1. In order to test our previous conclusions concerning the tumor rate in hybrid strains, we carried out additional hybridizations. For this we selected strains which differed markedly in their tumor rate and which had been followed through a number of generations and found constant in their behavior.

Hybridizations between strains or families of a similar (either high, medium, or low) tumor rate served as control experiments. In these cases the offspring showed a tumor rate similar to that of the parents.

2. In selecting for hybridization various groups of Cream mice representing a very low tumor strain and English Sable mice representing a high tumor strain, we obtained in the majority of cases hybrid strains with a tumor rate intermediate between that of both parent strains. In a few instances it approached somewhat the high tumor strain of the English, and in a few others the low tumor rate of the Cream.

3. In several hybrids between the high tumor strain English and the low tumor strain Silver, the latter of which was split off from the English, the high tumor rate of the English prevailed. A number of mice which served for hybridization were followed throughout their life and found to behave typically as to tumor rate.

4. If we omit the strains in which both parents had a similar tumor rate, we found the higher tumor rate to be dominant in twenty-four hybrids. In seventeen of these the mother strain dominated, and in seven the father strain. In nineteen hybrid strains the tumor rate was intermediate. In ten strains the lower tumor rate dominated. In eight of these the mother strain prevailed and in two the father strain. The low tumor rate was, therefore, dominant in approximately 18 per cent of the strains.

5. There does not seem to be a fixed rule as to dominance in the tumor rate. In a considerable number of cases, and especially in well analyzed cases, the result was intermediate.

6. Altogether in twenty-five of our hybrid strains the mother strain, and in nine strains the father strain prevailed. In nineteen strains the result was intermediate. We conclude that both father and mother strain may dominate and that the tumor rate is not in the strict sense of the term a sex-linked character. However, the fact that the mother strain prevailed in a much larger number of our cases than the father strain, and that several times (but not in all cases), in reciprocal crosses, the hybrids followed the tumor rate of the mother strain, suggests the possibility that as far as the hereditary transmission of mammary cancer in mice is concerned, the mother may be more potent than the father, and that perhaps under certain quantitatively varying conditions the mother strain may dominate over the father strain. This statement is merely a tentative conclusion at the present time and needs further investigation.

7. The results of these investigations confirm our previous conclusion that in the majority of the crosses which we observed, the cancer rate is either intermediate between those of father and mother strain, or that it follows the tumor rate of the parent with the higher rate and only in a relatively small number of instances the cancer rate follows that of the parent strain with the lower tumor rate. On the whole, the heredity of cancer rate and cancer age follows the blending type of hereditary transmission.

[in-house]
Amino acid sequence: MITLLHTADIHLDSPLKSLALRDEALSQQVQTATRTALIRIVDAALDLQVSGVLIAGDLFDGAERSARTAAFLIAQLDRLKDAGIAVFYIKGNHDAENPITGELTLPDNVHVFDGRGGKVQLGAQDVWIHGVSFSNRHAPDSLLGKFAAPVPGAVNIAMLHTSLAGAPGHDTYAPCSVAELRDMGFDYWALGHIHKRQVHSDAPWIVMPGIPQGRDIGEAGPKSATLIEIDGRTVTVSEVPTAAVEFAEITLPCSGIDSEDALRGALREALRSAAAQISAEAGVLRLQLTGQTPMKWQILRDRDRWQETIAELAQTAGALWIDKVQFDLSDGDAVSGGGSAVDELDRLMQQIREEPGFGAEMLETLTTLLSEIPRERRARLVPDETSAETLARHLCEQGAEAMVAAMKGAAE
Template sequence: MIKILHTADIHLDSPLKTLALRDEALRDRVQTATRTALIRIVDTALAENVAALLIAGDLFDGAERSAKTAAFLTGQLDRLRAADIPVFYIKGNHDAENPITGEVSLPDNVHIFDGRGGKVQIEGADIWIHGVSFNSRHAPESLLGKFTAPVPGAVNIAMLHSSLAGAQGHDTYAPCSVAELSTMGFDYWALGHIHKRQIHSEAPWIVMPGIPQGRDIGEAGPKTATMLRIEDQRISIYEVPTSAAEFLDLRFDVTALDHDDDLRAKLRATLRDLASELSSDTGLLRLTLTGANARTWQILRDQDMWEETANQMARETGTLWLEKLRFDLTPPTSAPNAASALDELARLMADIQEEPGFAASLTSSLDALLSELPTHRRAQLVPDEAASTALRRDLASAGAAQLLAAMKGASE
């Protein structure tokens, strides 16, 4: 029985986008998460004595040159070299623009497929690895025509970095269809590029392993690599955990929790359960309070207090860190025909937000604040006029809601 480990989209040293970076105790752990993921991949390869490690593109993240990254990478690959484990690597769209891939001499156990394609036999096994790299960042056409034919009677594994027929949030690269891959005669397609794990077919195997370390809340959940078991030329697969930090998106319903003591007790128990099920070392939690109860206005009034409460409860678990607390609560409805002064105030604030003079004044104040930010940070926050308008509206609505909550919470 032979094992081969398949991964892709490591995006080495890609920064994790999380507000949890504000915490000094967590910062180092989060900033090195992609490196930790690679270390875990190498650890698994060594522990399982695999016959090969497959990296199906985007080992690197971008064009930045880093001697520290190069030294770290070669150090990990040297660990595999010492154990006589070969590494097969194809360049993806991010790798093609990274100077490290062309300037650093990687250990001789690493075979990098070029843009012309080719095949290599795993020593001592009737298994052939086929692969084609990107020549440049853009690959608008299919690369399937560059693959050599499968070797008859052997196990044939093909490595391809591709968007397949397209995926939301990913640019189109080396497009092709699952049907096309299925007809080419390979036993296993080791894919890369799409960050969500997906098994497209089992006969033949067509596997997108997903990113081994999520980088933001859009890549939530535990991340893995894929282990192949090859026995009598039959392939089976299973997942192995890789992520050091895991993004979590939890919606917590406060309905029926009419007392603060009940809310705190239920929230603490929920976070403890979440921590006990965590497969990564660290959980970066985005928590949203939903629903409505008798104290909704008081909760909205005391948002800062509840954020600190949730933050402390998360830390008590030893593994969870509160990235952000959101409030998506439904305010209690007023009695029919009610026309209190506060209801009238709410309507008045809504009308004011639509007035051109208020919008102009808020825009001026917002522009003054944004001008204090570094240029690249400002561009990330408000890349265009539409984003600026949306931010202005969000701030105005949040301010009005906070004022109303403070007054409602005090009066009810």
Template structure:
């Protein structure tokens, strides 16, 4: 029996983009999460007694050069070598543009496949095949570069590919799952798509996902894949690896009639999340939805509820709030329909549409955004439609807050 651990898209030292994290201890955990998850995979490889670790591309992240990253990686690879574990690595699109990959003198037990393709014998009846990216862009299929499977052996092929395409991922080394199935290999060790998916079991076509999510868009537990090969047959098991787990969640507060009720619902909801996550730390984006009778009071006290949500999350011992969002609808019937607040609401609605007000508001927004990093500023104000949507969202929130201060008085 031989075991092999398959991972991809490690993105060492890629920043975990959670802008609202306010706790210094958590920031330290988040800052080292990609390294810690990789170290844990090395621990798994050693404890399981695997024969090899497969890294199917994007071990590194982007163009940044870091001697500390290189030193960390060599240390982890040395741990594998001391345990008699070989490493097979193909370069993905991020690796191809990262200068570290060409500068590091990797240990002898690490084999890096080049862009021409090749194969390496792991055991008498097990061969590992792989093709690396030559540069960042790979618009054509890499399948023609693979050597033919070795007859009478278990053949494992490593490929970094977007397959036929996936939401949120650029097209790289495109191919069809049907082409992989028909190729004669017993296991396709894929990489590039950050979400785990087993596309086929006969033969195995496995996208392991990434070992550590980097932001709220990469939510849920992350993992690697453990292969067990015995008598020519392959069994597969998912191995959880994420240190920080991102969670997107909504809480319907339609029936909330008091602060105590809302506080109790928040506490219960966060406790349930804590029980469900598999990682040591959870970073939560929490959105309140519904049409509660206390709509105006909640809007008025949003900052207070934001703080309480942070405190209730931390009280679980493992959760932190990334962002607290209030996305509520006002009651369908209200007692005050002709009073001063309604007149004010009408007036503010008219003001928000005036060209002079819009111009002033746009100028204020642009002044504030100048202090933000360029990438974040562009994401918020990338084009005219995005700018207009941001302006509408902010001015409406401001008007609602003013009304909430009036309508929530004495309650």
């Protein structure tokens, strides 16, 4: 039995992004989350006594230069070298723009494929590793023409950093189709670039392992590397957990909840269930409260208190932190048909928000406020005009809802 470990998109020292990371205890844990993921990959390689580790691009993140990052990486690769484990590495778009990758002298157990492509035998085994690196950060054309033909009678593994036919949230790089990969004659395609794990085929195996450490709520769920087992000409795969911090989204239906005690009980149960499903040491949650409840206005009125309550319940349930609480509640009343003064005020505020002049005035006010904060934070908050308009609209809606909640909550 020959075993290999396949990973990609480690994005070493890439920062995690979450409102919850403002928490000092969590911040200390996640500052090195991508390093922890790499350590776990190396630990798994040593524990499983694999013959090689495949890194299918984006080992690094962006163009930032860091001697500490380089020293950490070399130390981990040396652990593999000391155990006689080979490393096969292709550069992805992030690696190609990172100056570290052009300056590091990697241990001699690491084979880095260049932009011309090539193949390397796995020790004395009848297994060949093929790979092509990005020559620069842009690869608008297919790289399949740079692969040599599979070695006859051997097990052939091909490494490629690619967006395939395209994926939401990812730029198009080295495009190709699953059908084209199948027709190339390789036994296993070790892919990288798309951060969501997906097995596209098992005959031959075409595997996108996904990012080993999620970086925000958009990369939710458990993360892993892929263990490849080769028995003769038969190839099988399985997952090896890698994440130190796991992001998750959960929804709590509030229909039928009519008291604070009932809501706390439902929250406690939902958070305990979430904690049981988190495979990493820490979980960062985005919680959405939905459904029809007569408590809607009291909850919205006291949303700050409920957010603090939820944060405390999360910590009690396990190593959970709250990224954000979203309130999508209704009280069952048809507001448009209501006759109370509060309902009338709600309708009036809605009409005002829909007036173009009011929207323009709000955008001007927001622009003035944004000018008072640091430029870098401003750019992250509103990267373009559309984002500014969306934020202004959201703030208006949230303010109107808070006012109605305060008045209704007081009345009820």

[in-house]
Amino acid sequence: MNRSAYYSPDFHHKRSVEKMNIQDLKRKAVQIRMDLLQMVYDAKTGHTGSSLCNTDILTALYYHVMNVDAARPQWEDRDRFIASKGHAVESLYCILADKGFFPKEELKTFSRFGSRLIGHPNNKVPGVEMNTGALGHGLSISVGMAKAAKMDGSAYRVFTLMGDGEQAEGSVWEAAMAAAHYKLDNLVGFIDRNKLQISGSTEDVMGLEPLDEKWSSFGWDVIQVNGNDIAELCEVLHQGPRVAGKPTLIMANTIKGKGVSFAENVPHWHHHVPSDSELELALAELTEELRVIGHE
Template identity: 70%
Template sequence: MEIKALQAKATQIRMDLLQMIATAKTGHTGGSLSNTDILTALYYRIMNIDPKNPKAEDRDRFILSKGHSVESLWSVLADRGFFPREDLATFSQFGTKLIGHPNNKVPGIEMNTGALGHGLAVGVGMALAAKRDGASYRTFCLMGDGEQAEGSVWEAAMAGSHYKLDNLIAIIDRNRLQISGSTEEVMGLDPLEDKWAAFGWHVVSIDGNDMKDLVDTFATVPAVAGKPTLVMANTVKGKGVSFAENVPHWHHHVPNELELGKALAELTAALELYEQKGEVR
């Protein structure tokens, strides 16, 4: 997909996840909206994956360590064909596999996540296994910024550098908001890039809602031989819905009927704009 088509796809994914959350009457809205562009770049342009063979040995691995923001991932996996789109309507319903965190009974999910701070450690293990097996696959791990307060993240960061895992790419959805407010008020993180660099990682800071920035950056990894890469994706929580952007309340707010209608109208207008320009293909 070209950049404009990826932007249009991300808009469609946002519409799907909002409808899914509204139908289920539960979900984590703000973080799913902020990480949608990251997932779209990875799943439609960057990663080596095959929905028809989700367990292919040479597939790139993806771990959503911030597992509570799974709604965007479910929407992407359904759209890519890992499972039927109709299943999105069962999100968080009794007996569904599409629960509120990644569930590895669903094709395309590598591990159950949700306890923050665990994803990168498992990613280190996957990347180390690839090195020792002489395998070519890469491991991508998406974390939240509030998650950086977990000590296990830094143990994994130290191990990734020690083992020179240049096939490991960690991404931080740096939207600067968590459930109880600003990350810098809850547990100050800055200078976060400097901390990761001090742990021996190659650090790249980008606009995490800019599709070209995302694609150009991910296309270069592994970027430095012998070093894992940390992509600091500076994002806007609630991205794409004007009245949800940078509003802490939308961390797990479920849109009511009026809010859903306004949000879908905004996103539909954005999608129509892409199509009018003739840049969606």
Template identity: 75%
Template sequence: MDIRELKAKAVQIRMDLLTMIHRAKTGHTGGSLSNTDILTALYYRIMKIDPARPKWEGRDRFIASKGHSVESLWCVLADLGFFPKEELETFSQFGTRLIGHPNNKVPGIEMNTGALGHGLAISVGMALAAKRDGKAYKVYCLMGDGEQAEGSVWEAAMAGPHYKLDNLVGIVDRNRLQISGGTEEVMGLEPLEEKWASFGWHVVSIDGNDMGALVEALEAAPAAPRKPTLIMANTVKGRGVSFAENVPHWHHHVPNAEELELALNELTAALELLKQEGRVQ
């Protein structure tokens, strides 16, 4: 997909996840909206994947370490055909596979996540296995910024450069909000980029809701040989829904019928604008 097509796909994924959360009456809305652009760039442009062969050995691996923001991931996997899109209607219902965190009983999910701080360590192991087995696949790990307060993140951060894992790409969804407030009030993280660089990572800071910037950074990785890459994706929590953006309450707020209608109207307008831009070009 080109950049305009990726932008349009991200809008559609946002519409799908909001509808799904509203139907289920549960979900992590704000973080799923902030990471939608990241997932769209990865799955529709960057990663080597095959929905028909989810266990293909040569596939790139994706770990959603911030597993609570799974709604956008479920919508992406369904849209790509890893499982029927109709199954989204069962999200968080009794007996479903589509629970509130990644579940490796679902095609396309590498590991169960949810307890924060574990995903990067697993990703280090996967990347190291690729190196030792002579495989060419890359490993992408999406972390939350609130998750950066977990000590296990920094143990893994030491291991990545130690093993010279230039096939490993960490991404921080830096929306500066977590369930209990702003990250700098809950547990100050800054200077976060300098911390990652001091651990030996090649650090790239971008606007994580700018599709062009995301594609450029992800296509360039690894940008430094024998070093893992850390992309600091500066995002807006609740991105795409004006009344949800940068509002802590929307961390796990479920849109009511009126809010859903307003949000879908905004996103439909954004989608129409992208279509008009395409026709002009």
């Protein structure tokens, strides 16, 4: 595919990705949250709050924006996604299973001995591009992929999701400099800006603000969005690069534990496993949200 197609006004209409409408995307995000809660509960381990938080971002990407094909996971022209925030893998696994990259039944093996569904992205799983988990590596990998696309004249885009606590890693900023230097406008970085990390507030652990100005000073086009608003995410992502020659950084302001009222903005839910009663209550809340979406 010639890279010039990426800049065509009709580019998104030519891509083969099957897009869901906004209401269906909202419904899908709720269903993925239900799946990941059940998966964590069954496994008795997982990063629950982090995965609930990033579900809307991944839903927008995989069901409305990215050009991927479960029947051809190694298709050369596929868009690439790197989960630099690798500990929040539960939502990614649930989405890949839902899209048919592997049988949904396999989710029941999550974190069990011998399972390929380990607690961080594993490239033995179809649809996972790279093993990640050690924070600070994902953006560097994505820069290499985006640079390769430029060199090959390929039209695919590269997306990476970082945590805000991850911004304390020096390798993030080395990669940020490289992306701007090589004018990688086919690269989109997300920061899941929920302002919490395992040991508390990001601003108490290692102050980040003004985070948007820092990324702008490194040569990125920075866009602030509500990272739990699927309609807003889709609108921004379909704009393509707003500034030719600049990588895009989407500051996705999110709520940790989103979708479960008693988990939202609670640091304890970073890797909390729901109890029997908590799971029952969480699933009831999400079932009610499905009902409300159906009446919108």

8. While there is a distinct relation between high tumor rate and early cancer age, our observations make it probable that cancer rate and cancer age are to some extent independent of each other.

9. On the whole the different generations, including F1 and F2 of the various hybrid strains, showed a concordant tumor rate and tumor age.

10. If we consider, then, our results as a whole, we may conclude that in crossing strains which differ in their tumor rate no rule of dominance which applies equally to all cases seems to exist. In a certain number of crosses the results are undoubtedly intermediate. In these instances the tumor rate and to some extent also the tumor age behaves in a manner similar to characters which differ in father and mother merely in quantity as in the length of organs. From such intermediate results all kinds of gradations exist, leading on one side to dominance of the strain with the higher tumor rate and on the other side to dominance of the strain with the lower tumor rate. However, in our experiments dominance of the strains with the higher tumor rate greatly predominated over the opposite extreme.

11. Our results on the whole are, therefore, in certain respects comparable with the inheritance of sex which Goldschmidt studied in hybrid strains of the gypsy mother. Here also all gradations from the male to the female were observed in the offspring. Goldschmidt assumes that in different hybrids there are created different quantities of certain substances which like enzymes determine according to their quantity the velocity of chemical reactions and the amount of certain substances produced. The latter determine in the hybrids the quantitative variations in the character which is analyzed. According to Goldschmidt, multiple allelomorphs, which in our experiments seem to determine the heredity of spontaneous cancer, depend upon differences in the quantity of a substance present in the different individuals or varieties. In whatever way we may conceive of the character of multiple allelomorphs, our results make it probable that multiple factors are involved in the heredity of cancer in mice.

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